Reading Recovery is a school-based, early intervention program which focuses on children who, after one year of schooling, despite quality classroom programs, are not making adequate progress in reading and writing. Analysis of data since 2007, across the Diocese of Sale, indicates that Reading Recovery is more successful than other intervention programs.
The goal of Reading Recovery is to reduce the number of Year 1 students having difficulties learning to read and write. Students receive a series of individual, 30-minute Reading Recovery lessons daily from a specially trained teacher.
Since 2007, the CEO Sale has supported its schools through the training of new Reading Recovery Teachers and supervising the program in schools that offer it. All Reading Recovery Teachers participate in the Professional Development program of Continuing Contact.
Effective implementation of the program means that each child may be involved in the program for up to 20 weeks which is the equivalent to 2 full weeks at school:
The CEO Sale adopts the Victorian Department of Education and Early Childhood Development (DEECD) Reading Recovery Guidelines. These Guidelines aim to maximise Reading Recovery effectiveness in Victorian schools and assure the provision of a quality intervention for students. The Guidelines reflect the intent of the Australian National Standards which are based on research and current effective practice.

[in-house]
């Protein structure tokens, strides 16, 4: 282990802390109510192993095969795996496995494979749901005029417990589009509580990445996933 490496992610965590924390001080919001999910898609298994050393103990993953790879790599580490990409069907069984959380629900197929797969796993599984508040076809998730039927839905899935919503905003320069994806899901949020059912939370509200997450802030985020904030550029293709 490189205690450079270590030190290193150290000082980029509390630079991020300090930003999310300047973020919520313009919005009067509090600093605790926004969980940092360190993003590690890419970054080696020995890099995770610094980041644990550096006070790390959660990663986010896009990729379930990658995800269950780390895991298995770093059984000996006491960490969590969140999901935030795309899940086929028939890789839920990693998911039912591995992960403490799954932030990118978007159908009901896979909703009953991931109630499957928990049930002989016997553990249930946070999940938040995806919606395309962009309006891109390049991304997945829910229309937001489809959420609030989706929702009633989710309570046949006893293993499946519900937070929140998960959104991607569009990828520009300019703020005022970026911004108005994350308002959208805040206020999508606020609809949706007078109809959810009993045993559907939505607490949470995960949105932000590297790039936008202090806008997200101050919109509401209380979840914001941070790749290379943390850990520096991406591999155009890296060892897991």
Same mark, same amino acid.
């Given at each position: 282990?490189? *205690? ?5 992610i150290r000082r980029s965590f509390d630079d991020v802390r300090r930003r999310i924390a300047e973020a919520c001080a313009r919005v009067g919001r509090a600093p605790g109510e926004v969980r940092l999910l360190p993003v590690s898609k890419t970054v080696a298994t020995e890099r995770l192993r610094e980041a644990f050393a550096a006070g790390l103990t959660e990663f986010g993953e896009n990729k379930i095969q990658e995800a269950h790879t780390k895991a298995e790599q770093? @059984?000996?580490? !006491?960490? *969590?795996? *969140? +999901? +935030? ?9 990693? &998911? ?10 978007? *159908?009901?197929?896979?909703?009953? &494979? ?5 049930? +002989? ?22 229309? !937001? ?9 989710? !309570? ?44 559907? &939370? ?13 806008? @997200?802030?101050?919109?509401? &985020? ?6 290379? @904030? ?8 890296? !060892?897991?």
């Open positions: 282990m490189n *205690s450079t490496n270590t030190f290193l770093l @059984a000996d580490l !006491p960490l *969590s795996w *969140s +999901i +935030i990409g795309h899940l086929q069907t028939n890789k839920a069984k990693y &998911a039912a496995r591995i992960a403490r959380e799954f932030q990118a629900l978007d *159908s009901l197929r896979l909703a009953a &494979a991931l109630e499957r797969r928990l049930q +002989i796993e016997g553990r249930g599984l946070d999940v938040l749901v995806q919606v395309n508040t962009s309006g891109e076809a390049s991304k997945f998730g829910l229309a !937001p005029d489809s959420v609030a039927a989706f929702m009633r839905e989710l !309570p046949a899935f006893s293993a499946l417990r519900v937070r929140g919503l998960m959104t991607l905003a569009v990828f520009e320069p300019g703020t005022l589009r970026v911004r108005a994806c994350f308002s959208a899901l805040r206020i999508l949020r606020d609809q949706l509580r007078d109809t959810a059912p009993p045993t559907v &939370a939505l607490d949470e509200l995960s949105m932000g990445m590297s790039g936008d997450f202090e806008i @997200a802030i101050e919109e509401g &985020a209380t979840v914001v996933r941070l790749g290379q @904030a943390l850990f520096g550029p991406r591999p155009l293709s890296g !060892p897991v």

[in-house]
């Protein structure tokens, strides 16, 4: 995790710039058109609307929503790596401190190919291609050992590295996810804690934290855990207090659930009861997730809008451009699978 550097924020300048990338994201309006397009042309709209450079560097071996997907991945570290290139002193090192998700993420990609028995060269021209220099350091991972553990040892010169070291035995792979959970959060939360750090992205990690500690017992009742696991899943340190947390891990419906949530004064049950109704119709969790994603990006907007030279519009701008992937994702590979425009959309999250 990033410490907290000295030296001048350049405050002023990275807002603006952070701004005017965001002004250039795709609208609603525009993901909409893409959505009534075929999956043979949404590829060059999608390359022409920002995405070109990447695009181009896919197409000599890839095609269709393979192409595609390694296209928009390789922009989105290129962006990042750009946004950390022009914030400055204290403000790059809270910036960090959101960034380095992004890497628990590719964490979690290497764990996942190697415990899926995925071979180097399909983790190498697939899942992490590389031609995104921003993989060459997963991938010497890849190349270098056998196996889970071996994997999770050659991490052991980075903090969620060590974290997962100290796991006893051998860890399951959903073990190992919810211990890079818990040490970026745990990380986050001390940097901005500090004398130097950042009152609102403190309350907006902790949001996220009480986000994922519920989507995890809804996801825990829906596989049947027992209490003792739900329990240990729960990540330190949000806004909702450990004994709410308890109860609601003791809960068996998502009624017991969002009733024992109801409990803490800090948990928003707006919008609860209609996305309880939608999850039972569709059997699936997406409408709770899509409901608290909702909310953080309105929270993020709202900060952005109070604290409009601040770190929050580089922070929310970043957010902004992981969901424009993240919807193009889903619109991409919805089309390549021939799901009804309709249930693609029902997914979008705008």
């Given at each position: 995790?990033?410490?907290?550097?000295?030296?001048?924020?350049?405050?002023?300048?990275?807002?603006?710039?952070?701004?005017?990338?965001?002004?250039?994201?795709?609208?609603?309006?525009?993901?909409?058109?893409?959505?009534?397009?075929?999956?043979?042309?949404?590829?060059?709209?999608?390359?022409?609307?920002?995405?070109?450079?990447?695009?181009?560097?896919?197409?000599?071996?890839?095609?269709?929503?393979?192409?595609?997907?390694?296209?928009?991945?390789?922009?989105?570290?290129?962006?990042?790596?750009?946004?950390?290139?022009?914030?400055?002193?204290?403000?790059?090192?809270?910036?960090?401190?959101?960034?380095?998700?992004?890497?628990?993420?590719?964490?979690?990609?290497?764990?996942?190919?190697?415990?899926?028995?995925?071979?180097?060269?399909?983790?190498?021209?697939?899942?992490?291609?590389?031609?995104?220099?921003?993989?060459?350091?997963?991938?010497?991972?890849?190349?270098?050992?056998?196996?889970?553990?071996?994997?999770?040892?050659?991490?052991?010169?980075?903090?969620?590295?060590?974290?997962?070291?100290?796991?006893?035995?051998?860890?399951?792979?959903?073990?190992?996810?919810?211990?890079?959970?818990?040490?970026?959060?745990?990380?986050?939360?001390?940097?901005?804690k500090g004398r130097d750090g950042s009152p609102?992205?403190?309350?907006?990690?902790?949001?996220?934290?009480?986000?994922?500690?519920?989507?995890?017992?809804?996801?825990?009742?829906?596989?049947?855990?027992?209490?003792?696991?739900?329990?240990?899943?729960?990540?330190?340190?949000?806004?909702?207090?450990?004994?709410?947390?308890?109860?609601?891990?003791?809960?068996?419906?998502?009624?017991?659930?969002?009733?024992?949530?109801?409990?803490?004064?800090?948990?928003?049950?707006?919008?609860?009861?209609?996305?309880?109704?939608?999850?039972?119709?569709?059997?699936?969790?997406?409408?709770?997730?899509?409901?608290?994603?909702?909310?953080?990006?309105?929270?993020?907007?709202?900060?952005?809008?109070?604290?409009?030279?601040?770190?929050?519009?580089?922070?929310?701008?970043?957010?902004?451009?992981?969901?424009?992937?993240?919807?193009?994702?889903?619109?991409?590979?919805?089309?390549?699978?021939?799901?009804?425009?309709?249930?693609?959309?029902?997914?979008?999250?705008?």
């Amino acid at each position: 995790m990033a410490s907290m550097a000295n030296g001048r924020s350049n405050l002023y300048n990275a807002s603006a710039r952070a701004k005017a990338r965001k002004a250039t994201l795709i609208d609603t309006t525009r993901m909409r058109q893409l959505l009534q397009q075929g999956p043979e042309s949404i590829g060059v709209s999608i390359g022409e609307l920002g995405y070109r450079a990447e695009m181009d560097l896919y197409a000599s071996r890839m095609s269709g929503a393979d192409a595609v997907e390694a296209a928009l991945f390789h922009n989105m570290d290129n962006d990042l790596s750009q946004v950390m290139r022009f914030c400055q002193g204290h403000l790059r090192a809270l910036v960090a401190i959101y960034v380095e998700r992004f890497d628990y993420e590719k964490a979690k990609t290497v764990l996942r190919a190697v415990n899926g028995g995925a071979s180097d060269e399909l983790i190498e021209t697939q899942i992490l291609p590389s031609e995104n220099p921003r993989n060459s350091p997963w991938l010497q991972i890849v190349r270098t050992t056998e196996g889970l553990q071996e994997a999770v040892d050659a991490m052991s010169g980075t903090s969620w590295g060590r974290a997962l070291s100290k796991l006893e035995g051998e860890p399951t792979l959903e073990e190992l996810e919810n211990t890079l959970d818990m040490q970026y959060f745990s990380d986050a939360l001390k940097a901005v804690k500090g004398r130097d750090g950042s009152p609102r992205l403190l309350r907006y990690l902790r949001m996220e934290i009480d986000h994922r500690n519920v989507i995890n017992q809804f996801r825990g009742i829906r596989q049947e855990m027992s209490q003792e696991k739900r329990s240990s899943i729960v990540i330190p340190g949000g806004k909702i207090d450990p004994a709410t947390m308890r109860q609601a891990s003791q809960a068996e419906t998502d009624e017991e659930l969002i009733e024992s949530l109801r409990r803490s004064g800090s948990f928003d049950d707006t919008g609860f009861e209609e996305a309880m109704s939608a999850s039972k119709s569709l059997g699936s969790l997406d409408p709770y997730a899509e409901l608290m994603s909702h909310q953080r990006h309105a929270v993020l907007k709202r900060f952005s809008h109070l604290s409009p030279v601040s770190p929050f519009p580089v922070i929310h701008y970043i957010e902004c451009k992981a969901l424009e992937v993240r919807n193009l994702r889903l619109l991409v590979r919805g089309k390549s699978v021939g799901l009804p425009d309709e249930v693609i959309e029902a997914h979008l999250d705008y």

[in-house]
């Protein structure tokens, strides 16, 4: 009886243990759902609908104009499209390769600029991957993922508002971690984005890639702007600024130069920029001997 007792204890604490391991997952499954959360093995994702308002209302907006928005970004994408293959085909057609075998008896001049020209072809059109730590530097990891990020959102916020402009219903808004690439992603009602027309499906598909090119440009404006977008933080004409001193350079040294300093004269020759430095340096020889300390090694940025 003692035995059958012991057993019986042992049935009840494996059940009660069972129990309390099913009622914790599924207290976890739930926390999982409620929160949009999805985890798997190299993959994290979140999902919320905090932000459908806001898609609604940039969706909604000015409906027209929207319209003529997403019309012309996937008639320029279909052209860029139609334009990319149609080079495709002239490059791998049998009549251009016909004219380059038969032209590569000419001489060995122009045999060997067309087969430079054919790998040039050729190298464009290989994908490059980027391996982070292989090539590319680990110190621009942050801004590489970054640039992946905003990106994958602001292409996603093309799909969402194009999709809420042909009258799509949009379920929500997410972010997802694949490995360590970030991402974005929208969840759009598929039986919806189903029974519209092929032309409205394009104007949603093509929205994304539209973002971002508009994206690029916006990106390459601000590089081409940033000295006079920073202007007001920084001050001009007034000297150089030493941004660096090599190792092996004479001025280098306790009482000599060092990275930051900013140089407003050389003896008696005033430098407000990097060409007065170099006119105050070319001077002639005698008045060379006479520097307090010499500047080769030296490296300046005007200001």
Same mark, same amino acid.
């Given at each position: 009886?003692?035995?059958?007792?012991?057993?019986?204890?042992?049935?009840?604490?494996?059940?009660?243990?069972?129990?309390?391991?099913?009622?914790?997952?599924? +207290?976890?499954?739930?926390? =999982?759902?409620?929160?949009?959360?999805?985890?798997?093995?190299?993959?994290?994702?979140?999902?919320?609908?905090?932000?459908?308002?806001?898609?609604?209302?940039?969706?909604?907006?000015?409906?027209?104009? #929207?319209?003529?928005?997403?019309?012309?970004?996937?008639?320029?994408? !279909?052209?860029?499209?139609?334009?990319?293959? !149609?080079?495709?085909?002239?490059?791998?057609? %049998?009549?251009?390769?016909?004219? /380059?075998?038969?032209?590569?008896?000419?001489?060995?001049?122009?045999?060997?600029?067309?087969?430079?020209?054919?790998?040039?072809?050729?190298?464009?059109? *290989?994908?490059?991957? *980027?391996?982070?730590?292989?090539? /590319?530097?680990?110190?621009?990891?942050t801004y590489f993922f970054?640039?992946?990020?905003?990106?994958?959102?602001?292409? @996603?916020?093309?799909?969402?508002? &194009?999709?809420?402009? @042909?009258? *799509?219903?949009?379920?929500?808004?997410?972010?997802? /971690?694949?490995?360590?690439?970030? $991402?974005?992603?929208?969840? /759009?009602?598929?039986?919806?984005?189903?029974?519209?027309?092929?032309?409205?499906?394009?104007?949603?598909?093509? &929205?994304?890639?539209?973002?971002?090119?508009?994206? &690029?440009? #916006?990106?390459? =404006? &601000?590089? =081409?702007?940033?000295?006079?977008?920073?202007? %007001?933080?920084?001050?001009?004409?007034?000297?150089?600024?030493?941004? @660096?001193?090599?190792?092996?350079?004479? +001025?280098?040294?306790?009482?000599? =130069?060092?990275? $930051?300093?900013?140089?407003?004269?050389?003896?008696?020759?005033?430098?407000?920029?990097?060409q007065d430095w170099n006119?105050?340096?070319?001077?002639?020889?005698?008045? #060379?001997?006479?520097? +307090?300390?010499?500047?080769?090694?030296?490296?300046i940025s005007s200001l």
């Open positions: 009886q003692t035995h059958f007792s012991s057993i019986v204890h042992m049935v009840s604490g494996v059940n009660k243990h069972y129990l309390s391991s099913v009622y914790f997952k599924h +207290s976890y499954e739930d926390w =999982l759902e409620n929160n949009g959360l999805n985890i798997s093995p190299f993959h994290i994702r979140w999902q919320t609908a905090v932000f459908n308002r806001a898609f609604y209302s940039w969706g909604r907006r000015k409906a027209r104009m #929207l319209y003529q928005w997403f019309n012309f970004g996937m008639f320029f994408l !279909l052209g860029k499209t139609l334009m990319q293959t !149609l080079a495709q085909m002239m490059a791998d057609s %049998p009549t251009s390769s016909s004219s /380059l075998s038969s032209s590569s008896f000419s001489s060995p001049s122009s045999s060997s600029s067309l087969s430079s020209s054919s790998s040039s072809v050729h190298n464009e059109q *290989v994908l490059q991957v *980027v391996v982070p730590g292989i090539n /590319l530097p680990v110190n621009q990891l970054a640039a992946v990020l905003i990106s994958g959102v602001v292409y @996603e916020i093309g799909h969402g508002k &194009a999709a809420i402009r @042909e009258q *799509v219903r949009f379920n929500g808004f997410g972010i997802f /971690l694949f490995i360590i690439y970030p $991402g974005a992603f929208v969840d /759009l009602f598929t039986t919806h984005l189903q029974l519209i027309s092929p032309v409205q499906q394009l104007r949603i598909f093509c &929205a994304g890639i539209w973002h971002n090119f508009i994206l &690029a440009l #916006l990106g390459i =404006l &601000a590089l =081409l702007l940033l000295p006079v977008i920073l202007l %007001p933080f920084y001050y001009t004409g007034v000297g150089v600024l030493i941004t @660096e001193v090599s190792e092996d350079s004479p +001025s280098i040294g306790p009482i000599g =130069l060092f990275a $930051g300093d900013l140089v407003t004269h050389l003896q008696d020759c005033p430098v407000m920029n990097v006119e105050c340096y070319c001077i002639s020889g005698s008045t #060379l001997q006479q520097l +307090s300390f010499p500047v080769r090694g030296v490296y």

To download a copy of the Victorian Reading Recovery Guidelines, please click here.
The CEO Sale has offered formal training of Reading Recovery as a core Second Wave intervention program for Literacy since 2007. This training is based upon the DEECD Reading Recovery Guidelines.
Once a Reading Recovery Teacher has undertaken a full academic year of initial professional development, they are supported in subsequent years by ongoing development sessions. The comprehensive staff development model ensures the quality of teaching and implementation in schools and the Diocese. Integral to Reading Recovery professional development is the use of a one-way glass, with class members observing lessons and talking about a child’s behaviours and a teacher’s teaching decisions.
Schools expressing an interest to train a Reading Recovery Teacher need to consider the following Staffing, School Arrangements and Resource issues: